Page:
The Poor Shall Wear the Crown
Here’sachallenge. Cantwelvesongs encapsulate such a long career as Leon Rosselson’s, a career that witnessed so much social and political change, as well as his own activism in song and satire? What’s more, it is so often the case that songs are rarely sung more convincingly than by their author. There’s got to be a good reason to hear someone else sing it. Nancy Kerr is that reason. The alignment of their political philosophy is a given, but it’s more than that. Nancy makes clear that Leon has been a formative companion to her own career, as if he created a habitat in which she could flourish. Then there’s that clarity that Nancy brings, as one of the finest singers of our times, best placed to tell a story; there is never any mistaking the message despite the truth that many are noticeably long and involved, full of narrative. Take Song of the Old Communist, Leon’s most popular song, if Spotify is to be believed. Like the protagonist of the song, Leon has so much to tell and Nancy acknowledges that it’s an ambitious song. Yet, like a method actor, she enters the character, embodying him with a passion and urgency.
The choice of songs is strikingly varied. For every Old Communist, there is another which conveys its message briskly in a couple of minutes. Style too ranges from the caustic to the humorous to the deliberately childlike, always socially observant. But not to be forgotten is just how beautiful some of these songs are – jewelled ships to carry a precious lyrical cargo. With her own violin, viola, guitar and piano to hand, at times Nancy provides remarkably lush arrangements. The brass arrangement of the original Harry’s Gone Fishing is matched here with a complementary string arrangement lifting the chorus, nicely rounded off with a phrase stolen from Leon’s own The World Turned Upside Down.
Nancy’s arrangement of The Ant and the Grasshopper, a fable for our times, is lighter as befits the summer of the grasshopper, but that isn’t always the way. The starkness of domestic dystopia portrayed by Invisible Married Breakfast Blues is matched by a plucked guitar arrangement that feels like a Nirvana riff waiting to break out. Elsewhere, Nancy’s treatment of the rhythms of She was Crazy He was Mad could almost be Syd Barrett, but the political slant of the lyrics is reassuringly Leon.
TNancy’s voice frequently brings something special to the songs. Whatever Happened to Nannerl? was made for her gift for vocal inflection, while her clear diction is perfect for conveying how Susie ‘bites policemen’ with such enthusiasm! At times like a recitative, at others singing for the song’s characters, then with a childlike playground chorus, there are so many voices in this song, which Nancy carries off with all its colourful variety. And it has to make a difference to hear a female voice singing Don’t Get Married Girls, but if anything it reinforces just how remarkable it is that they are a man’s words. Nancy’s is always a different perspective, but always respectful.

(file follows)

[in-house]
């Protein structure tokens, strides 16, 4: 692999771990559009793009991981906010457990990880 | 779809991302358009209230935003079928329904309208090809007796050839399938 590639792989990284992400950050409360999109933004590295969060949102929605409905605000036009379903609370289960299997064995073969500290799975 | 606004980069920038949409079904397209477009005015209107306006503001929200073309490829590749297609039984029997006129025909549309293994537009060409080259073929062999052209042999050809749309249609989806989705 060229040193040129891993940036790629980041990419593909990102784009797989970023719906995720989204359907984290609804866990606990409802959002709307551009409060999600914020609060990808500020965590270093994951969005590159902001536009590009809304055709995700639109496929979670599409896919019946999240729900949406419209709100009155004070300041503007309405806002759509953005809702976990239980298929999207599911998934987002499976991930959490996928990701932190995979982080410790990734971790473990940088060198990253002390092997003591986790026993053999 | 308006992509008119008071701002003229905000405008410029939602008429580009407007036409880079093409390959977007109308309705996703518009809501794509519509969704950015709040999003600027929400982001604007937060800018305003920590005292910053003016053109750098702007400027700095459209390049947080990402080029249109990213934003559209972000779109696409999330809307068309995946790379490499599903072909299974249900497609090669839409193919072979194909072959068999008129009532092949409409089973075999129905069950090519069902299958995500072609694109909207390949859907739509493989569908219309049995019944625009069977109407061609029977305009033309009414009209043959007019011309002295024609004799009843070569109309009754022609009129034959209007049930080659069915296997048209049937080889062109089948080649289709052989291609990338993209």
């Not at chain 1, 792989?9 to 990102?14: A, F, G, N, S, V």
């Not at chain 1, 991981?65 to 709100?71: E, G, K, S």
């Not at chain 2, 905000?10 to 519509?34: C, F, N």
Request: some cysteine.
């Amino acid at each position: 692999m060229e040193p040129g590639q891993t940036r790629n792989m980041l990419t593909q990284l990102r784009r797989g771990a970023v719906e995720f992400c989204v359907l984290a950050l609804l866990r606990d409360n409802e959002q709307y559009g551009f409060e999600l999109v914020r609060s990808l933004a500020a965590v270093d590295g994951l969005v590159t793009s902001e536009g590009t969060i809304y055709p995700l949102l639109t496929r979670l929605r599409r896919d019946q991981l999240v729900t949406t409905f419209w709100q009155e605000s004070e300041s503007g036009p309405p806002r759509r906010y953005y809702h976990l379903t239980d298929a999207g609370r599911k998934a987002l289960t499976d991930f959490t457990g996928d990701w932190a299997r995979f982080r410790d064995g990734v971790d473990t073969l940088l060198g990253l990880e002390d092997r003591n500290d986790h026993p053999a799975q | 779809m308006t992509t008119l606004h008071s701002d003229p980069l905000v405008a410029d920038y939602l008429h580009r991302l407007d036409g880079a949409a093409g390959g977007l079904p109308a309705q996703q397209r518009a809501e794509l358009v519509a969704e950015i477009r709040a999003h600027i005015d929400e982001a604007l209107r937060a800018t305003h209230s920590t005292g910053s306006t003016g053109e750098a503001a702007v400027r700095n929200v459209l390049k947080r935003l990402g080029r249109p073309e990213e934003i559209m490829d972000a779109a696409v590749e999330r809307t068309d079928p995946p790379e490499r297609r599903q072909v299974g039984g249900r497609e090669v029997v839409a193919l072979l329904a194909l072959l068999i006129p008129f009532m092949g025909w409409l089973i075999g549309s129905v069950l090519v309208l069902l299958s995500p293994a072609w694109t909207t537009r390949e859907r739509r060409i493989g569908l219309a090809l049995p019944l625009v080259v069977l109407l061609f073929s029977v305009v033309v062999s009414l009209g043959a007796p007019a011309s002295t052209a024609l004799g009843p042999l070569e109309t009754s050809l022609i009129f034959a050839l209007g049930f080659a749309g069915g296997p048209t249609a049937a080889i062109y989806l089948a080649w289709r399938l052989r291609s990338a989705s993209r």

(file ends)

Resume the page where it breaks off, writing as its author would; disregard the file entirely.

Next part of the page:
The one guest artist on the album is a certain Harry Fagan, one half of internet sensations Harry & Hamish, appropriately enough helping out on one of Leon’s Songs for Children, Why Does it Have to be Me? And if the performance sounds improbably good for Nancy’s 10 year old son, then check out the version on YouTube and be impressed and delighted. As it happens, there you will also find the project that spawned this album, as Nancy put the dog days of May 2020 to good use, offering a Leon song per day throughout the month.
If The Poor Shall Wear the Crown can be seen as a collection of characters and voices, it’s appropriate that it closes with Bringing the News from Nowhere – William Morris getting a second mention on the album, his story being told through the words of Leon Rosselson, with the voice of Nancy Kerr. Often Nancy’s arrangements are fuller than the originals, but here it is stripped down to just the guitar and voice, leaving the beauty clear to hear, and the message being everything, lovingly delivered.
So, this is a marriage of two crafts – Leon’s songwriting and Nancy’s singing (not to mention her own accompaniment). Listen again to Harry’s Gone Fishing – this tale that smacks of a community King Arthur who can rise again to bring salvation. Nancy’s voice brings it all together – hope, celebration, solidarity, triumph. The songs are filled with conviction, a message carried home shoulder high. If you are familiar with Leon’s songs, this will tilt the angle to show the song in a different light; if the songs are new to you, there could be no better introduction, and will likely lead to further exploration.